• Las Vegas
  • Seattle, WA
  • Mount Desert Island Marathon - Maine 
  • Walt Disney World Marathon
  • Athens Greece Marathon

Thursday, June 20, 2013

Race Report: San Francisco Marathon - June 16, 2013

Several months ago when I decided I wanted to run this marathon, I knew what I was getting into but I don't think I fully understood at the time what I would get out of it.  After realizing that the marathon of choice, San Francisco, also fell on Father's Day I wanted to tie the two together.  I firmly believe in "making miles matter" so I teamed up with the Racing For a Cure team that raises awareness and funds for the Arthritis National Research Foundation.  (Here's the full story)  The organization was so incredibly wonderful to work with.  Unlike many charities that run similar programs, they do not require that you raise "x" amount of dollars in order to participate.  Instead, they just ask that you do what you can to raise awareness about a disease that impacts so many but doesn't get the attention it deserves.  Every little bit counts!  Over the course of the last few months I am proud to report that through the donations of friends of family, I raised $1,350 on behalf of my Dad and the ANRF!  My goal was $1,000 but you guys blew that out of the water in less than a week, and the donations kept coming.  I am so incredibly humbled and blessed! A sincere thank you to all of those who donated!  I don't think my Dad expected this level of attention either.  Through this journey I've been able to raise awareness for Rheumatoid Arthritis and reach a new crowd who may not a) know there was a research foundation dedicated to this disease or b) given two flips about some girl running a marathon.  Win-win!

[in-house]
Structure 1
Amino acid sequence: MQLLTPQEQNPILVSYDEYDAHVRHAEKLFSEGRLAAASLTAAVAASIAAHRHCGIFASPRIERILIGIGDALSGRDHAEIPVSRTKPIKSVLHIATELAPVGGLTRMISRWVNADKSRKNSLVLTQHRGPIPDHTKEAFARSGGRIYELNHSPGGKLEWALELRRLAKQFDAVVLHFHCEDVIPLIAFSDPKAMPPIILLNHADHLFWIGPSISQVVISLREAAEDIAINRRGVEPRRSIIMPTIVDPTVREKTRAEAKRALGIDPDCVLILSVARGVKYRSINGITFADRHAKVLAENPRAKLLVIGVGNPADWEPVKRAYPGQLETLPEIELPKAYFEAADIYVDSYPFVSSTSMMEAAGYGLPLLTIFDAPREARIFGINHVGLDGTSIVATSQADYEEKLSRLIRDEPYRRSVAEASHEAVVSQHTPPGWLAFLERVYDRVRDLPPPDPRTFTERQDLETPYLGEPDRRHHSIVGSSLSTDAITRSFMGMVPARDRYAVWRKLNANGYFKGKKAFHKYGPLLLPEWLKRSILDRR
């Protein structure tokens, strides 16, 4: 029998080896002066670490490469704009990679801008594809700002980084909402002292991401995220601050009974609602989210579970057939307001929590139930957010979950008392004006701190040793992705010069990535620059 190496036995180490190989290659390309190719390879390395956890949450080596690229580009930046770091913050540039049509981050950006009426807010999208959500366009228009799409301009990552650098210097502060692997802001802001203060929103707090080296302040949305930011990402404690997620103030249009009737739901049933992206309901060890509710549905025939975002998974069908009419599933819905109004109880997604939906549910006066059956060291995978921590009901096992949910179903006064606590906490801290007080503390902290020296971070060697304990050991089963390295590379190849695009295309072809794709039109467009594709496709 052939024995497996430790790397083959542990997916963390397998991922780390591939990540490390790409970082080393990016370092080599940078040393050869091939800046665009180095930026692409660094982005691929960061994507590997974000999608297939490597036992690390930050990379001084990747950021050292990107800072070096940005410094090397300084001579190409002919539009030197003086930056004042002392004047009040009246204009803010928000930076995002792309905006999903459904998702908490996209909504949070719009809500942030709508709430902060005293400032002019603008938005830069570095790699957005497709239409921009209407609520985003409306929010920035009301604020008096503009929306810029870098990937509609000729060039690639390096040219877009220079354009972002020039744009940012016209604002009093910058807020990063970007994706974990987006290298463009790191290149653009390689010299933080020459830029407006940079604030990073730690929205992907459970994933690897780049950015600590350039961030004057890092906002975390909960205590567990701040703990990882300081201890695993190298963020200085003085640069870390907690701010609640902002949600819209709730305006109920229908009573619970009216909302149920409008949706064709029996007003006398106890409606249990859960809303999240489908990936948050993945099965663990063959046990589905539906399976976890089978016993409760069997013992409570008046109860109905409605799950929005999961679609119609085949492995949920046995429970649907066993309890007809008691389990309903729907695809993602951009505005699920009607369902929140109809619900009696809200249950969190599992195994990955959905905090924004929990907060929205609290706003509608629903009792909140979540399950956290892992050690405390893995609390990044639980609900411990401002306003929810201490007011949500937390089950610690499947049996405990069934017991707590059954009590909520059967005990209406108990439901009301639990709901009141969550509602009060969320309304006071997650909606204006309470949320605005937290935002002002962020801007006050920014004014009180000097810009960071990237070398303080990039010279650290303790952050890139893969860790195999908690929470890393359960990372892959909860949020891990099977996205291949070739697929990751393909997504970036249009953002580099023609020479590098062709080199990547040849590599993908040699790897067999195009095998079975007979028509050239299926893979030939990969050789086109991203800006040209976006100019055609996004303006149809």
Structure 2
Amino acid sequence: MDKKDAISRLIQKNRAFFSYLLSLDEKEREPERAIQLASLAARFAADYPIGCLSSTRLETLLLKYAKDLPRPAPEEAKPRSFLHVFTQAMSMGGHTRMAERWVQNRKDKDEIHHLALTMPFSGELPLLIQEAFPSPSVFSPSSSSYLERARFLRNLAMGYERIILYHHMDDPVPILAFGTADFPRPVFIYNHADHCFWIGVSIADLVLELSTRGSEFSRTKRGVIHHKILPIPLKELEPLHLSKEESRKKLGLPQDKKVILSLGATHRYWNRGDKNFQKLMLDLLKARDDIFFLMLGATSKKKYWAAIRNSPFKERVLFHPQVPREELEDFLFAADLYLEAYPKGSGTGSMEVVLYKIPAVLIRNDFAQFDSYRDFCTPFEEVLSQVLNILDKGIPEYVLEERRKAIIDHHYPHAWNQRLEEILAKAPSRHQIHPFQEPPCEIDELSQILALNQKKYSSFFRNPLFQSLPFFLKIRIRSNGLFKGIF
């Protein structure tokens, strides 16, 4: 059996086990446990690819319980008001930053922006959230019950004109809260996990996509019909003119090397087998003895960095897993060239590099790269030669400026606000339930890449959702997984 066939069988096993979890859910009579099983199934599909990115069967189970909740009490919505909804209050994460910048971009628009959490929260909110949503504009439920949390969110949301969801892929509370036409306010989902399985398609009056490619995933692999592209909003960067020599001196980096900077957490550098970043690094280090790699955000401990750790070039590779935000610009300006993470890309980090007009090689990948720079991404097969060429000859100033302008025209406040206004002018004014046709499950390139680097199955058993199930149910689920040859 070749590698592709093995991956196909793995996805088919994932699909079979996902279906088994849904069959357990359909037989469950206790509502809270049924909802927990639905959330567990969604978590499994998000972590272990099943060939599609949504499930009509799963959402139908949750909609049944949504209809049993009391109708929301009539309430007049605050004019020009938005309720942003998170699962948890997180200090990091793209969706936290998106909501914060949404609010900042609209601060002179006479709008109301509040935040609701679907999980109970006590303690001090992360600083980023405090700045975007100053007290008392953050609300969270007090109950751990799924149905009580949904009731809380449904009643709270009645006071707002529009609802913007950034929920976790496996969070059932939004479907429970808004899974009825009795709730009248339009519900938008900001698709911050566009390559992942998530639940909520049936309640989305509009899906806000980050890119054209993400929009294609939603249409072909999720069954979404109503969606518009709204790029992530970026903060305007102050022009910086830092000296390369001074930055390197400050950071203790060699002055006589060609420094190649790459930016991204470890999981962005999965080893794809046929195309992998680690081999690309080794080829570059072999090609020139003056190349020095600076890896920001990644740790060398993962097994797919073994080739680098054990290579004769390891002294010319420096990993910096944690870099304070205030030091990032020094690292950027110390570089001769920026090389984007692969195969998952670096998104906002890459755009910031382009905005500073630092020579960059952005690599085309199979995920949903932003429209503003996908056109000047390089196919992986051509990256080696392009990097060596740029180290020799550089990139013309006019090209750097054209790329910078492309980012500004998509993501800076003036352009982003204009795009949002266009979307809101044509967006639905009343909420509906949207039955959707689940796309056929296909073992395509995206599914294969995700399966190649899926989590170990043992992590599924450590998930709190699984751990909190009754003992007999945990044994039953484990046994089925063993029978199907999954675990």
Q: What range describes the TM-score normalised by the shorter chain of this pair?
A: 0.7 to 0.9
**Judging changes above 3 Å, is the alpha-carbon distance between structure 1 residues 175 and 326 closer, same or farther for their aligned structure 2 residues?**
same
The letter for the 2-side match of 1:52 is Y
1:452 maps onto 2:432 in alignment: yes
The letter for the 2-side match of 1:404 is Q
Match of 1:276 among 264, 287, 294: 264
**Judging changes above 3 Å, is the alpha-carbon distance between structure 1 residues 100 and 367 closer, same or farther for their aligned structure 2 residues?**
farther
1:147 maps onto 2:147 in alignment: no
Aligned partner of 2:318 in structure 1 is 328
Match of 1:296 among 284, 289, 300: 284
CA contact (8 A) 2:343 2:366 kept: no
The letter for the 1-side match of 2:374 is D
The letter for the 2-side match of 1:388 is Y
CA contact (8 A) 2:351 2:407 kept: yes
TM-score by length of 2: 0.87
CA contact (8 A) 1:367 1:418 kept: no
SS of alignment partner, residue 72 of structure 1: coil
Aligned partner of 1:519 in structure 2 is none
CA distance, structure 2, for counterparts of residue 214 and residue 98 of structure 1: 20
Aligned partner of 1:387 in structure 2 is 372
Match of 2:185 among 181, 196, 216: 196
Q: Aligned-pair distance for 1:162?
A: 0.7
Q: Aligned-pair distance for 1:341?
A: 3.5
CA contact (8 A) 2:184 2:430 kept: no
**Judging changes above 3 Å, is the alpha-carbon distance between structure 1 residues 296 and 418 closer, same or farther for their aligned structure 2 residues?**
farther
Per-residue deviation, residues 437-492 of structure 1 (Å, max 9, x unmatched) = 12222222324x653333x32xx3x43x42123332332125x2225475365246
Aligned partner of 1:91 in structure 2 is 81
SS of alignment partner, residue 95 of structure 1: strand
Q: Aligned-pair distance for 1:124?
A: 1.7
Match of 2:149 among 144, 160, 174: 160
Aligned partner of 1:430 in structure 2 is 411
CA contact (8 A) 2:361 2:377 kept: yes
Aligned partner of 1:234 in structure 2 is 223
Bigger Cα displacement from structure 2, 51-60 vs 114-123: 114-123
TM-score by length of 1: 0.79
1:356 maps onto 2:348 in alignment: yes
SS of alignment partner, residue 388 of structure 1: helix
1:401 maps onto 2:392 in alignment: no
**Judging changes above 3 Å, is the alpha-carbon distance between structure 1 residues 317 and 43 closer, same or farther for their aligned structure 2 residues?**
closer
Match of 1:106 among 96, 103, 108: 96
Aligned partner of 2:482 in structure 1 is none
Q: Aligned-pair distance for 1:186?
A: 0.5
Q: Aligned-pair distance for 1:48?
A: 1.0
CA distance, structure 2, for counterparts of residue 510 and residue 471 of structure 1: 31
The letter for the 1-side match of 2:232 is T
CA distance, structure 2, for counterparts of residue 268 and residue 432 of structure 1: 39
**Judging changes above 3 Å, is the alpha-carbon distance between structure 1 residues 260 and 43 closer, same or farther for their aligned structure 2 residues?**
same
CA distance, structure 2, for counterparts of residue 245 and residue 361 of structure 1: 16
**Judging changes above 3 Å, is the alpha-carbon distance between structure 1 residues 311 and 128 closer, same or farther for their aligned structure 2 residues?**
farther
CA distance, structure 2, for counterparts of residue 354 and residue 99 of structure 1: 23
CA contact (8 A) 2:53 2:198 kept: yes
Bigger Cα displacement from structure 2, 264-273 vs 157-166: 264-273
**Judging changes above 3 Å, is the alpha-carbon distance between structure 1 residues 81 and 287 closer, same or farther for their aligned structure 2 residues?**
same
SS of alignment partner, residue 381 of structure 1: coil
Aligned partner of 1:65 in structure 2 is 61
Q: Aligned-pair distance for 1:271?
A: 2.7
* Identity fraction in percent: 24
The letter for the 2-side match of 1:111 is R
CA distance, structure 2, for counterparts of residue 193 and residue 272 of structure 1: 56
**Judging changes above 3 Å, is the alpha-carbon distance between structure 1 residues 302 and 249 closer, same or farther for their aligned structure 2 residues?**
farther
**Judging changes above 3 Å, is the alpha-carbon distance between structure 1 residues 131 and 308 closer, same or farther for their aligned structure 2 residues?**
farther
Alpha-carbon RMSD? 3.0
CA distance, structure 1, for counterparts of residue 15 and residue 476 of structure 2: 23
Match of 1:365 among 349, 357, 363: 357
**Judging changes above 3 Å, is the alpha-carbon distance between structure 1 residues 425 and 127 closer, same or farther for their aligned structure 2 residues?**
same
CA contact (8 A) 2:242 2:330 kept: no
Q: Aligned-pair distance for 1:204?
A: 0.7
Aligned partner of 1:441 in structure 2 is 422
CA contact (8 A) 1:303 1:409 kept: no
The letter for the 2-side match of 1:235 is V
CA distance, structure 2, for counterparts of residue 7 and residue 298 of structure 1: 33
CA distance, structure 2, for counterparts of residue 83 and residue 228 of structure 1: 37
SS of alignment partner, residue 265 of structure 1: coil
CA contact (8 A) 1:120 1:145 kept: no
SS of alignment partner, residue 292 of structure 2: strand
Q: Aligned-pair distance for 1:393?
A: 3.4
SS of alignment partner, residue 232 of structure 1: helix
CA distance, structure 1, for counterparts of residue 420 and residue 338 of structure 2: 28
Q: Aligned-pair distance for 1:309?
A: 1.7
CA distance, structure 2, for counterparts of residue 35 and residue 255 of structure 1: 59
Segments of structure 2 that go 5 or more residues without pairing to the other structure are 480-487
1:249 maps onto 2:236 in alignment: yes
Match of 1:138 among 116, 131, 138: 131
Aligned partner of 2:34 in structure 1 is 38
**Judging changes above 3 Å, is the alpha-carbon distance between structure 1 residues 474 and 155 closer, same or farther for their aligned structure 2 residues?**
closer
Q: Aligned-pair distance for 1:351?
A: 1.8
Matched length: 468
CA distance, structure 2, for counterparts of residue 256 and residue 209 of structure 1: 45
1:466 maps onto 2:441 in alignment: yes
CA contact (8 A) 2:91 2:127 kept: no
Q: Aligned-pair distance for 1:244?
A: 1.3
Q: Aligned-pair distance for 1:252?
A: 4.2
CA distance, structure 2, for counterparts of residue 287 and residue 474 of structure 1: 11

Back to the race!  We arrived in San Francisco on Friday which gave us enough time to hit up the expo, grab our goodies, and a get good nights rest.  Saturday was spent doing nothing.  Literally.  One mistake I made before the NYC Marathon was walking around the city way too much the day before the race.  So this time all I did for about 8 hours was sit in the hotel room with the balcony doors open, read books, drink water, and eat a dose of carbs every hour on the hour.  When your hotel room has a view like this, I can't really complain too much.